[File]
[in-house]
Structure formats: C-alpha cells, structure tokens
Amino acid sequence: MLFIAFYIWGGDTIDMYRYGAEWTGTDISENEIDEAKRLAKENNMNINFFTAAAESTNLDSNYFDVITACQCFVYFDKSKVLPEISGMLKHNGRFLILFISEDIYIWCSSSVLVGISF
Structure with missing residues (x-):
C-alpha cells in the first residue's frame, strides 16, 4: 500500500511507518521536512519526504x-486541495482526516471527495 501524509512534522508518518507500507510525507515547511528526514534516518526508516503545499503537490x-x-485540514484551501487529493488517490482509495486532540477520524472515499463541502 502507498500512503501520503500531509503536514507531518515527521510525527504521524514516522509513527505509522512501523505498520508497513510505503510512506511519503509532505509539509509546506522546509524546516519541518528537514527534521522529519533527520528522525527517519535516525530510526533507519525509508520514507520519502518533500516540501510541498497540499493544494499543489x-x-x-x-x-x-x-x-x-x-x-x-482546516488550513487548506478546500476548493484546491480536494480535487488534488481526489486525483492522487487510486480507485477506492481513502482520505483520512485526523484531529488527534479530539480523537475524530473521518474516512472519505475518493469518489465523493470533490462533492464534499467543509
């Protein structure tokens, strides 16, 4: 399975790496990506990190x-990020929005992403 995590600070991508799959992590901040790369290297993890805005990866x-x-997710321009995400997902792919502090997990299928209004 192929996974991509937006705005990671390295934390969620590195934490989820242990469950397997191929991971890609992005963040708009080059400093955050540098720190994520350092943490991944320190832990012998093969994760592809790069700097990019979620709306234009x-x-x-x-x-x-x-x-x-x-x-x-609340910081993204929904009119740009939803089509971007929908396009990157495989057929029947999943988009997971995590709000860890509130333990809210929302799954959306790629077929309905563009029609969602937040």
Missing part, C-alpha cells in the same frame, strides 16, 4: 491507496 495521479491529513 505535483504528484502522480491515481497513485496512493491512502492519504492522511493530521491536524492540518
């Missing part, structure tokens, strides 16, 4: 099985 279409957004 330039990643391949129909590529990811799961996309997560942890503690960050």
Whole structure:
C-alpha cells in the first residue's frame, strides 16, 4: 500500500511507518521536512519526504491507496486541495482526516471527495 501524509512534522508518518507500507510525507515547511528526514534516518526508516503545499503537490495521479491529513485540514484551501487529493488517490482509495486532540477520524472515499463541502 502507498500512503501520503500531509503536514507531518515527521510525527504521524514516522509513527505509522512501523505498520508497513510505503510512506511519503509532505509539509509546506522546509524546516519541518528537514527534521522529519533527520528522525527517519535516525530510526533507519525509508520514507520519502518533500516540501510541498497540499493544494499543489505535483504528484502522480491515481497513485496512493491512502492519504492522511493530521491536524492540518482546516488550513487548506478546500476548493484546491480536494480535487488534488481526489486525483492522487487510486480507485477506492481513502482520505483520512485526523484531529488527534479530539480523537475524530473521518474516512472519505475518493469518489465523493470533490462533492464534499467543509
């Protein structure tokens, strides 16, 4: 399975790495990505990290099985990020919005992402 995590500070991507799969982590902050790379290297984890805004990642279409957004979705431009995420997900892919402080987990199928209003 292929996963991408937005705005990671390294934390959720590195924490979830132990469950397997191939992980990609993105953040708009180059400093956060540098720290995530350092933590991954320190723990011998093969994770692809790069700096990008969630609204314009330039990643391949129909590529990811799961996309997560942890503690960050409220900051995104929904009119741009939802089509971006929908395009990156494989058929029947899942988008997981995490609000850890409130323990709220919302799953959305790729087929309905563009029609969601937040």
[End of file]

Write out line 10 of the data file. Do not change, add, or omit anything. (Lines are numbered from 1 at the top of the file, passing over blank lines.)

C-alpha cells in the first residue's frame, strides 16, 4: 500500500511507518521536512519526504491507496486541495482526516471527495 501524509512534522508518518507500507510525507515547511528526514534516518526508516503545499503537490495521479491529513485540514484551501487529493488517490482509495486532540477520524472515499463541502 502507498500512503501520503500531509503536514507531518515527521510525527504521524514516522509513527505509522512501523505498520508497513510505503510512506511519503509532505509539509509546506522546509524546516519541518528537514527534521522529519533527520528522525527517519535516525530510526533507519525509508520514507520519502518533500516540501510541498497540499493544494499543489505535483504528484502522480491515481497513485496512493491512502492519504492522511493530521491536524492540518482546516488550513487548506478546500476548493484546491480536494480535487488534488481526489486525483492522487487510486480507485477506492481513502482520505483520512485526523484531529488527534479530539480523537475524530473521518474516512472519505475518493469518489465523493470533490462533492464534499467543509